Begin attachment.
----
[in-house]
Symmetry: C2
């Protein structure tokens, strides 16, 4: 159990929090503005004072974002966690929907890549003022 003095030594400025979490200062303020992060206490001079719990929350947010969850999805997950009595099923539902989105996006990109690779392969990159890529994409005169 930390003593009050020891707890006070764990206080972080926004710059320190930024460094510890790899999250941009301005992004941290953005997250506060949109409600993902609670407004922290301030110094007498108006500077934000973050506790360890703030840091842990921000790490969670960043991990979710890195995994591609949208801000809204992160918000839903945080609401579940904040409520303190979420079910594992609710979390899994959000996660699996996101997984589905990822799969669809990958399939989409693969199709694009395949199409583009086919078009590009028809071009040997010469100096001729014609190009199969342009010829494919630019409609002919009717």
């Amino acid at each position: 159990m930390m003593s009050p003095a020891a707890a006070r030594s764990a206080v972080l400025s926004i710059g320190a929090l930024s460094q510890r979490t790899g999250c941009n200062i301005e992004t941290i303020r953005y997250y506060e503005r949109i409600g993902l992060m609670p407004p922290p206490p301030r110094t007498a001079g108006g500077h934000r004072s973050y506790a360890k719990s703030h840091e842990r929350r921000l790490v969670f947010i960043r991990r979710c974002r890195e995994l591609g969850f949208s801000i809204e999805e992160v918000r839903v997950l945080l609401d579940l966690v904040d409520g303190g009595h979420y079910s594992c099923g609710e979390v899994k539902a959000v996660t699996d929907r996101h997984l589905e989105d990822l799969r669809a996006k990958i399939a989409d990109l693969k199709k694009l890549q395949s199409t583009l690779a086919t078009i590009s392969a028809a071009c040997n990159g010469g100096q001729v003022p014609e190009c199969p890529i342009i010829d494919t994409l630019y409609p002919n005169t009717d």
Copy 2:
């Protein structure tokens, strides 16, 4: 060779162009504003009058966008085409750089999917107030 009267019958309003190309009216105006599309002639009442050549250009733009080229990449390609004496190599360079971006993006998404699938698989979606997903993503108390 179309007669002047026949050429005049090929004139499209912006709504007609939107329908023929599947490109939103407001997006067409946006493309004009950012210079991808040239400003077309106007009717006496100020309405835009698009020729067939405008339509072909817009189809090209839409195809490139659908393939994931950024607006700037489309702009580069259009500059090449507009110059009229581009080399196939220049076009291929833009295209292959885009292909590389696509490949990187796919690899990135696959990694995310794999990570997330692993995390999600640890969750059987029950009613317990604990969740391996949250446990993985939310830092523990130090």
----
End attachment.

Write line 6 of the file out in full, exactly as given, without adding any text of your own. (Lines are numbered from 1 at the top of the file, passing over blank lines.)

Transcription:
């Protein structure tokens, strides 16, 4: 060779162009504003009058966008085409750089999917107030 009267019958309003190309009216105006599309002639009442050549250009733009080229990449390609004496190599360079971006993006998404699938698989979606997903993503108390 179309007669002047026949050429005049090929004139499209912006709504007609939107329908023929599947490109939103407001997006067409946006493309004009950012210079991808040239400003077309106007009717006496100020309405835009698009020729067939405008339509072909817009189809090209839409195809490139659908393939994931950024607006700037489309702009580069259009500059090449507009110059009229581009080399196939220049076009291929833009295209292959885009292909590389696509490949990187796919690899990135696959990694995310794999990570997330692993995390999600640890969750059987029950009613317990604990969740391996949250446990993985939310830092523990130090």